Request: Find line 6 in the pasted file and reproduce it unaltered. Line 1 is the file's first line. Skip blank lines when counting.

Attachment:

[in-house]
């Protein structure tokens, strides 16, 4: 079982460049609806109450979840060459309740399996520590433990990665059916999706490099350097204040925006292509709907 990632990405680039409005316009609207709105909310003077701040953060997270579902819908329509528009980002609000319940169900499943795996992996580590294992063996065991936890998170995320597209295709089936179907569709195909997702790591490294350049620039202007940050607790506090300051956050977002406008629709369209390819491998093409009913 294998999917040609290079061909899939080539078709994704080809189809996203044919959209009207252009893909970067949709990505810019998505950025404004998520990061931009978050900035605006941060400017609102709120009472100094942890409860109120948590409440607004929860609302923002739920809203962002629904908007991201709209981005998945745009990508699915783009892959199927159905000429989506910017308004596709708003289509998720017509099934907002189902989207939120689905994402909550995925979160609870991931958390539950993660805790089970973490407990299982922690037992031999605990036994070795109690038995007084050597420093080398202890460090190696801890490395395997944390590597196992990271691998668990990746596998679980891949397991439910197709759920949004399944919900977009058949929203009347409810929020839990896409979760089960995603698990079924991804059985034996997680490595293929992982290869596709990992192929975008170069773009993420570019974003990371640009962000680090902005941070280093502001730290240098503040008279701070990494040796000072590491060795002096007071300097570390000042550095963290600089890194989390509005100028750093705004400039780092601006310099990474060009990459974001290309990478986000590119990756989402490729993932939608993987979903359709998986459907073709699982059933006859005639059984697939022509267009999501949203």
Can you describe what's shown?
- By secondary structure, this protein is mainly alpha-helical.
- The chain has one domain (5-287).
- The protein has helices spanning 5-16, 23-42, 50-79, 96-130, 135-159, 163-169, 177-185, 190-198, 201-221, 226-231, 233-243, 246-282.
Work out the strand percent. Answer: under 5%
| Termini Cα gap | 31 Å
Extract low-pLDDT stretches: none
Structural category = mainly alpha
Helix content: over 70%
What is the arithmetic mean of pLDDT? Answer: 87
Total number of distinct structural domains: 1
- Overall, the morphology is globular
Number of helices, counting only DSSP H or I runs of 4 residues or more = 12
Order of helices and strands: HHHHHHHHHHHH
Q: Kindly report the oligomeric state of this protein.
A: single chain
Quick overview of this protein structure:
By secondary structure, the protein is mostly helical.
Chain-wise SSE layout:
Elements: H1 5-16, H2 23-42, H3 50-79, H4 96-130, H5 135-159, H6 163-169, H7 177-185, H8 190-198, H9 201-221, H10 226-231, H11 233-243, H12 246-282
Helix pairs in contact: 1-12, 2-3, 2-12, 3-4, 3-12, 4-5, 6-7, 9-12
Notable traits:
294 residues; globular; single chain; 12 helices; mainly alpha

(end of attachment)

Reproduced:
- The protein has helices spanning 5-16, 23-42, 50-79, 96-130, 135-159, 163-169, 177-185, 190-198, 201-221, 226-231, 233-243, 246-282.